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Physiological Changes in Subjects Exposed to Accidental Hypothermia: An Update.

BACKGROUND: Accidental hypothermia (AH) is an unintended decrease in body core temperature (BCT) to below 35°C. We present an update on physiological/pathophysiological changes associated with AH and rewarming from hypothermic cardiac arrest (HCA).

TEMPERATURE REGULATION AND METABOLISM: Triggered by falling skin temperature, Thyrotropin-Releasing Hormone (TRH) from hypothalamus induces release of Thyroid-Stimulating Hormone (TSH) and Prolactin from pituitary gland anterior lobe that stimulate thyroid generation of triiodothyronine and thyroxine (T4). The latter act together with noradrenaline to induce heat production by binding to adrenergic β3-receptors in fat cells. Exposed to cold, noradrenaline prompts degradation of triglycerides from brown adipose tissue (BAT) into free fatty acids that uncouple metabolism to heat production, rather than generating adenosine triphosphate. If BAT is lacking, AH occurs more readily.

CARDIAC OUTPUT: Assuming a 7% drop in metabolism per °C, a BCT decrease of 10°C can reduce metabolism by 70% paralleled by a corresponding decline in CO. Consequently, it is possible to maintain adequate oxygen delivery provided correctly performed cardiopulmonary resuscitation (CPR), which might result in approximately 30% of CO generated at normal BCT.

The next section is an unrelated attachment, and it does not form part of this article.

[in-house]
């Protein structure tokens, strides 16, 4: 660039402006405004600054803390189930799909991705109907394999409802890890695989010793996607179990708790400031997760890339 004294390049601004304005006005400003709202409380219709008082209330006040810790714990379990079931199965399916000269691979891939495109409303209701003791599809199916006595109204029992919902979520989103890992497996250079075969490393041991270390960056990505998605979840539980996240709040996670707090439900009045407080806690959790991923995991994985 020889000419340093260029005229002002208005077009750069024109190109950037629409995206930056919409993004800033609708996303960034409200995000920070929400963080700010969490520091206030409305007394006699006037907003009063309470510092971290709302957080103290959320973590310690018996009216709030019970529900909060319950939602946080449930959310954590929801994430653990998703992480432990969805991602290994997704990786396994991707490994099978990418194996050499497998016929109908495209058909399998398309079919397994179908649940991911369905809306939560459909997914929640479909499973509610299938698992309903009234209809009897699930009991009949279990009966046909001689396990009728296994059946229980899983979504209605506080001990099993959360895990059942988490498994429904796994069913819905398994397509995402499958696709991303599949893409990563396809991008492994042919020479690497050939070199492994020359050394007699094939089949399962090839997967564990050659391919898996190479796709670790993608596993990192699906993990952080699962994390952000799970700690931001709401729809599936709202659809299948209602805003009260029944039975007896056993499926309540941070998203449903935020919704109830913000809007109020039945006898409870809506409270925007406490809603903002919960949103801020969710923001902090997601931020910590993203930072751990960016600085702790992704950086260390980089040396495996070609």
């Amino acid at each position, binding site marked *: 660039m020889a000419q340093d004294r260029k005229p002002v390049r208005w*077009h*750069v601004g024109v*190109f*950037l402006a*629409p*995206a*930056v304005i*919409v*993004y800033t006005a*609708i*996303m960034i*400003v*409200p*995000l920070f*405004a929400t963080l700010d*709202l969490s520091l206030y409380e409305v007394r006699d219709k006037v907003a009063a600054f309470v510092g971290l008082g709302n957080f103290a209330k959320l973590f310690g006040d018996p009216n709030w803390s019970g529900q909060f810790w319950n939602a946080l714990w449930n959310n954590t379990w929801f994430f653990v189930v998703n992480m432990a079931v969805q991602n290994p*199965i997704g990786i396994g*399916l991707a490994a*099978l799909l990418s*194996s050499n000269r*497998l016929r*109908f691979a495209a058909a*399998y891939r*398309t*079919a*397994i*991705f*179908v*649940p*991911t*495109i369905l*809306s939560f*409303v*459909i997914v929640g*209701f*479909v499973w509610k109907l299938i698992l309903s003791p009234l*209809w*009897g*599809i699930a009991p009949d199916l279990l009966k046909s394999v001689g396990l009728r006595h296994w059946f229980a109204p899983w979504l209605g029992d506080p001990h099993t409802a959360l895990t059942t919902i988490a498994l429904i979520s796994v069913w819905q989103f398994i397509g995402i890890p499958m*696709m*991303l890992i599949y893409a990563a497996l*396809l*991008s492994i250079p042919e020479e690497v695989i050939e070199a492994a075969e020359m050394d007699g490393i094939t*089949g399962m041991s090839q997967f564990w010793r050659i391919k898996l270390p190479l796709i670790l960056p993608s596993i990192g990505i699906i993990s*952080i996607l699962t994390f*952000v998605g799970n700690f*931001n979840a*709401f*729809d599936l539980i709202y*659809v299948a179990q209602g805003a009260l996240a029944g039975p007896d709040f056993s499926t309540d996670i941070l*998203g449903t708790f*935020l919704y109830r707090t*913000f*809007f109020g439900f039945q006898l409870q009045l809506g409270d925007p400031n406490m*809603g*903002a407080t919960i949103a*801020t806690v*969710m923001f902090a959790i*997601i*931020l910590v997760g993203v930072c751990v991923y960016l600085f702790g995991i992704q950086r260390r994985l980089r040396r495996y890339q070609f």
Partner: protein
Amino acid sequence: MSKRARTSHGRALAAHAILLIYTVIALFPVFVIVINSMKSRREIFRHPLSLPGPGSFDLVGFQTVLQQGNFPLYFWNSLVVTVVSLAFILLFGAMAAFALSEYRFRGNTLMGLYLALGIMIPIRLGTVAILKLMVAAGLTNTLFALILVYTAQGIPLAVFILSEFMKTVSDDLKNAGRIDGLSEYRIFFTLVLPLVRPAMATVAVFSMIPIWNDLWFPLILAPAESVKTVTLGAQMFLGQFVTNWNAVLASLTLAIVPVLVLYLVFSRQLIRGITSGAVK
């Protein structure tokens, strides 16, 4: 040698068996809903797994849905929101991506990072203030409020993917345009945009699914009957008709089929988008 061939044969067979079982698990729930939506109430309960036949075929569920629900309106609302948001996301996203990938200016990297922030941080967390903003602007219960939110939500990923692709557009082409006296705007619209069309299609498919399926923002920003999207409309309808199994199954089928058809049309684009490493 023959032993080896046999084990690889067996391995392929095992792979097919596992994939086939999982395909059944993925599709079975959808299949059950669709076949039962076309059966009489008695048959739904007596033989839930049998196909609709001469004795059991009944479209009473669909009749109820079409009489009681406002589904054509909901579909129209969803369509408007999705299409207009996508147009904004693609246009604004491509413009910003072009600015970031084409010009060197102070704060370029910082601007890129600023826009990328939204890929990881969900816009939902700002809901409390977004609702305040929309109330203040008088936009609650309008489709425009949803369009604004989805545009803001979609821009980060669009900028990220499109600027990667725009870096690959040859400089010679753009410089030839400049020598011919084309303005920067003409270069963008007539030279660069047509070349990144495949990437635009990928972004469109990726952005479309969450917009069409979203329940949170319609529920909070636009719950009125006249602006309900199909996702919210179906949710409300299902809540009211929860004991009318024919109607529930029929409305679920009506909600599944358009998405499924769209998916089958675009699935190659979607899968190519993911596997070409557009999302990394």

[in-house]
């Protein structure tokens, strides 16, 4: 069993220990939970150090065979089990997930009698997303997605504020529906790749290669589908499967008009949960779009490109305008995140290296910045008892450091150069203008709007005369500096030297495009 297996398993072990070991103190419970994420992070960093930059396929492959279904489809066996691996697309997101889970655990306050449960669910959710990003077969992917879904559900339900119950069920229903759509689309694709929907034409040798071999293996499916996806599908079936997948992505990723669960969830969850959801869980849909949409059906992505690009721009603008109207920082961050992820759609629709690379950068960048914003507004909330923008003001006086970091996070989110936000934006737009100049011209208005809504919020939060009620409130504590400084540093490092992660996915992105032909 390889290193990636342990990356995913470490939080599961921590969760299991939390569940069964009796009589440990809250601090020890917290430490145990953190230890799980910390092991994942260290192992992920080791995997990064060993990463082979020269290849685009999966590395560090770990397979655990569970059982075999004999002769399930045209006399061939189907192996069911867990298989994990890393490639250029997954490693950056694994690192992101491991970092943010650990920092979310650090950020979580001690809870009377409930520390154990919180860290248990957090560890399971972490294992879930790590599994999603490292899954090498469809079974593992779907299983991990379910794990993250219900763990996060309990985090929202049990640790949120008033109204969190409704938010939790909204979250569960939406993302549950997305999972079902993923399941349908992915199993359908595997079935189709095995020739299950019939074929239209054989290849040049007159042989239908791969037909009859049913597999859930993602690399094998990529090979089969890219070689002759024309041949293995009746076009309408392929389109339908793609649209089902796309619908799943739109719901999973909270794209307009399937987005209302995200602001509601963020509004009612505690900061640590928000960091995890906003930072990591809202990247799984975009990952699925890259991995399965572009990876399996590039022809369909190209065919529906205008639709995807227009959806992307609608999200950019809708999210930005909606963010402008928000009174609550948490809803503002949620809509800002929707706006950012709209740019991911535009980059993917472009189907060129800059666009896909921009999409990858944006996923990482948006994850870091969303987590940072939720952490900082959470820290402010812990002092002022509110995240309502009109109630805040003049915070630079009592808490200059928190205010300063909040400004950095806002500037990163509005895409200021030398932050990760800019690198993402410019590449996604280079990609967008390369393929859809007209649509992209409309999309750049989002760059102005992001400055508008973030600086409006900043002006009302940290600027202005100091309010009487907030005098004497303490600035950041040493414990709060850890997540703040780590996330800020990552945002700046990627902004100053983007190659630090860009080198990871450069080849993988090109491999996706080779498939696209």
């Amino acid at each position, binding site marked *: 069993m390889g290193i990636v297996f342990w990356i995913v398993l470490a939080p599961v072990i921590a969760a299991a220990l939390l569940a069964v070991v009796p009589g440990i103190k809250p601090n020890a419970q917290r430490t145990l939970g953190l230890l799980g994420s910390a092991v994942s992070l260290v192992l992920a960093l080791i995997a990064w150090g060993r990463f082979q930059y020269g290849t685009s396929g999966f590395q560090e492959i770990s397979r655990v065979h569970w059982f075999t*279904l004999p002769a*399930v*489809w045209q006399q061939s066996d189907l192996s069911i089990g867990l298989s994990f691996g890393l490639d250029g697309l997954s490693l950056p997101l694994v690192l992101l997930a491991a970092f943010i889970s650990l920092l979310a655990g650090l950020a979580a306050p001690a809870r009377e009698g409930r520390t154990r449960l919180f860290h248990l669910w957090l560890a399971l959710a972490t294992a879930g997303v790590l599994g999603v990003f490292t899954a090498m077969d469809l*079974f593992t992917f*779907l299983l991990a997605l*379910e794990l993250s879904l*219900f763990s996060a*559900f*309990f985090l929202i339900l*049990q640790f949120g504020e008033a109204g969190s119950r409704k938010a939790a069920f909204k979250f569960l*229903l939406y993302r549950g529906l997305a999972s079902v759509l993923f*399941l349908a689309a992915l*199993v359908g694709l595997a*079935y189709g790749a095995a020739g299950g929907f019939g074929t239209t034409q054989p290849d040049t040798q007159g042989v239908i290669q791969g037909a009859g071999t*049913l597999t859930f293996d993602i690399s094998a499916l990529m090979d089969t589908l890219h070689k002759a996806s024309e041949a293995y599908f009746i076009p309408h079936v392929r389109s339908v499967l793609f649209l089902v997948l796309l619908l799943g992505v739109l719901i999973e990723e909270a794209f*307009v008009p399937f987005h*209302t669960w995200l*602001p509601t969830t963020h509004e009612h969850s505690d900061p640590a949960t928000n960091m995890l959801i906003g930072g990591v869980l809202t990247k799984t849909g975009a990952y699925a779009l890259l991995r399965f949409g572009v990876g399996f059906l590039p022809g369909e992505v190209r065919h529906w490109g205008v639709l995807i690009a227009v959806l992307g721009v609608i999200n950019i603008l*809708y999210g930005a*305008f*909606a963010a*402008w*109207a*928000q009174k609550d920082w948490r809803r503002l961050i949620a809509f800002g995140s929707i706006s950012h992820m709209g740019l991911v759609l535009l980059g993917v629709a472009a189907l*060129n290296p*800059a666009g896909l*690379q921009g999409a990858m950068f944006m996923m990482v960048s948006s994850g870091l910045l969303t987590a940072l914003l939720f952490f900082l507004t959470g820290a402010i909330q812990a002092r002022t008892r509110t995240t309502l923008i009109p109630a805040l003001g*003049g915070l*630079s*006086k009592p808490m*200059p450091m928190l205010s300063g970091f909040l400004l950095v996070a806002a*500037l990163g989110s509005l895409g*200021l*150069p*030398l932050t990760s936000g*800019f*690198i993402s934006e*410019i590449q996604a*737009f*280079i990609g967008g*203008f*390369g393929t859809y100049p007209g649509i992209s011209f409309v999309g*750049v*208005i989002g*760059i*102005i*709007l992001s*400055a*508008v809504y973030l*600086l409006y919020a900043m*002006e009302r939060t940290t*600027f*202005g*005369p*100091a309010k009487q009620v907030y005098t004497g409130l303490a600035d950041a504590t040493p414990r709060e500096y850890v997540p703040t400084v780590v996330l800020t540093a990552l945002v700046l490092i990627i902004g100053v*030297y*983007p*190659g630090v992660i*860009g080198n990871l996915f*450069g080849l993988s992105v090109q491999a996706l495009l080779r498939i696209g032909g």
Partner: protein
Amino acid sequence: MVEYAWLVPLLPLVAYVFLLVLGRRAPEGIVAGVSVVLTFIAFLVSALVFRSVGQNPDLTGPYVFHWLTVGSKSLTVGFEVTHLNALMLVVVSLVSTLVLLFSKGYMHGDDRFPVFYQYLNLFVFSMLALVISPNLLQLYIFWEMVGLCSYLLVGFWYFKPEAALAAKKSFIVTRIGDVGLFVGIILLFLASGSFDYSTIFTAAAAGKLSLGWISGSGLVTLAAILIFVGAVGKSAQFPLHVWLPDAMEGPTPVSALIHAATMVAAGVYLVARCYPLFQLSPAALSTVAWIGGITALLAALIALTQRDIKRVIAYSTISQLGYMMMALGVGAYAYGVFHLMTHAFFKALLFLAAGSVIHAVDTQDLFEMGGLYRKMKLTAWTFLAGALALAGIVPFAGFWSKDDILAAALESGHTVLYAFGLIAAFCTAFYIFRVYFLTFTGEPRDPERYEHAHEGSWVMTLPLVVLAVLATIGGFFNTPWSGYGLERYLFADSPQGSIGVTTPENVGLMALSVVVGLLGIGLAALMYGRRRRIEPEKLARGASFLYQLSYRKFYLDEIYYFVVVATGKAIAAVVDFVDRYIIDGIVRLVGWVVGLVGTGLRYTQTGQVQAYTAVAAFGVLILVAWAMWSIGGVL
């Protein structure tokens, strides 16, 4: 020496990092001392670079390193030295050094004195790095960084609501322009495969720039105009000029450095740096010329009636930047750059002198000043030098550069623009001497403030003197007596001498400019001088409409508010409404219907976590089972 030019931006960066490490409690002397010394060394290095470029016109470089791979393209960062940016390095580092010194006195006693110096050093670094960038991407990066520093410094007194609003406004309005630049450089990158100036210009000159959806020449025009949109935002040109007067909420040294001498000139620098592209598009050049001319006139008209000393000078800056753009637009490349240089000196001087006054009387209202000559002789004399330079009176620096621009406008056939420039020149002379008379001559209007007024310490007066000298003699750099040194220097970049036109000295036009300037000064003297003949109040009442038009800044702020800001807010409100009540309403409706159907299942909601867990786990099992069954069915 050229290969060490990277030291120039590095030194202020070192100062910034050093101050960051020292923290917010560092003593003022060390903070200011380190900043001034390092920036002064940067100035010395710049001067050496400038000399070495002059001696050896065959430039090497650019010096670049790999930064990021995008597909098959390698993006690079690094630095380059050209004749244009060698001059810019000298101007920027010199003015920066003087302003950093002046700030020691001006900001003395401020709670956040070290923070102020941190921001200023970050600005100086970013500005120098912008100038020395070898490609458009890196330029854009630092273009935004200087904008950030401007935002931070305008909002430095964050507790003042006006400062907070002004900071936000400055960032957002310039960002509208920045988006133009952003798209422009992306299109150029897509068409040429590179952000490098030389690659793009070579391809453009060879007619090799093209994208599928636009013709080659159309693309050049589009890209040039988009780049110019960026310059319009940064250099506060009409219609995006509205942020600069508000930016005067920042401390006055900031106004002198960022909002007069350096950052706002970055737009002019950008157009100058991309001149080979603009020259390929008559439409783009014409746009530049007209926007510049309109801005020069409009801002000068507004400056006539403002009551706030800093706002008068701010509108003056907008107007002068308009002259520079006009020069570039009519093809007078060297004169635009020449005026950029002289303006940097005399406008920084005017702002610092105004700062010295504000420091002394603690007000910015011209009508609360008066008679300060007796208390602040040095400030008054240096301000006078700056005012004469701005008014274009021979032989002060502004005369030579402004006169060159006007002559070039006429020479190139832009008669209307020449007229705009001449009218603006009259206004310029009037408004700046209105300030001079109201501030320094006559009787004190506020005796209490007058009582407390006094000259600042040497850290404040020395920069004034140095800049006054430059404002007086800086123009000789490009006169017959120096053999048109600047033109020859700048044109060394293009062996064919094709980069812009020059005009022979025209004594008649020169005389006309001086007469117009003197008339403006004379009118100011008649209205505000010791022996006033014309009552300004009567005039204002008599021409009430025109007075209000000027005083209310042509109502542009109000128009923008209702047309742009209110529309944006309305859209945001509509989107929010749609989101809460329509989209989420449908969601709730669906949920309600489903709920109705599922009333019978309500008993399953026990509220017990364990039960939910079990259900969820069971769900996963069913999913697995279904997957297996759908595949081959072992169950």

LIVER AND COAGULATION: AH promotes coagulation disturbances following trauma and acidosis by reducing coagulation and platelet functions. Mean prothrombin and partial thromboplastin times might increase by 40-60% in moderate hypothermia. Rewarming might release tissue factor from damaged tissues, that triggers disseminated intravascular coagulation. Hypothermia might inhibit platelet aggregation and coagulation.

KIDNEYS: Renal blood flow decreases due to vasoconstriction of afferent arterioles, electrolyte and fluid disturbances and increasing blood viscosity. Severely deranged renal function occurs particularly in the presence of rhabdomyolysis induced by severe AH combined with trauma.

CONCLUSION: Metabolism drops 7% per °C fall in BCT, reducing CO correspondingly. Therefore, it is possible to maintain adequate oxygen delivery after 10°C drop in BCT provided correctly performed CPR. Hypothermia may facilitate rhabdomyolysis in traumatized patients. Victims suspected of HCA should be rewarmed before being pronounced dead. Rewarming avalanche victims of HCA with serum potassium > 12 mmol/L and a burial time >30 min with no air pocket, most probably be futile.

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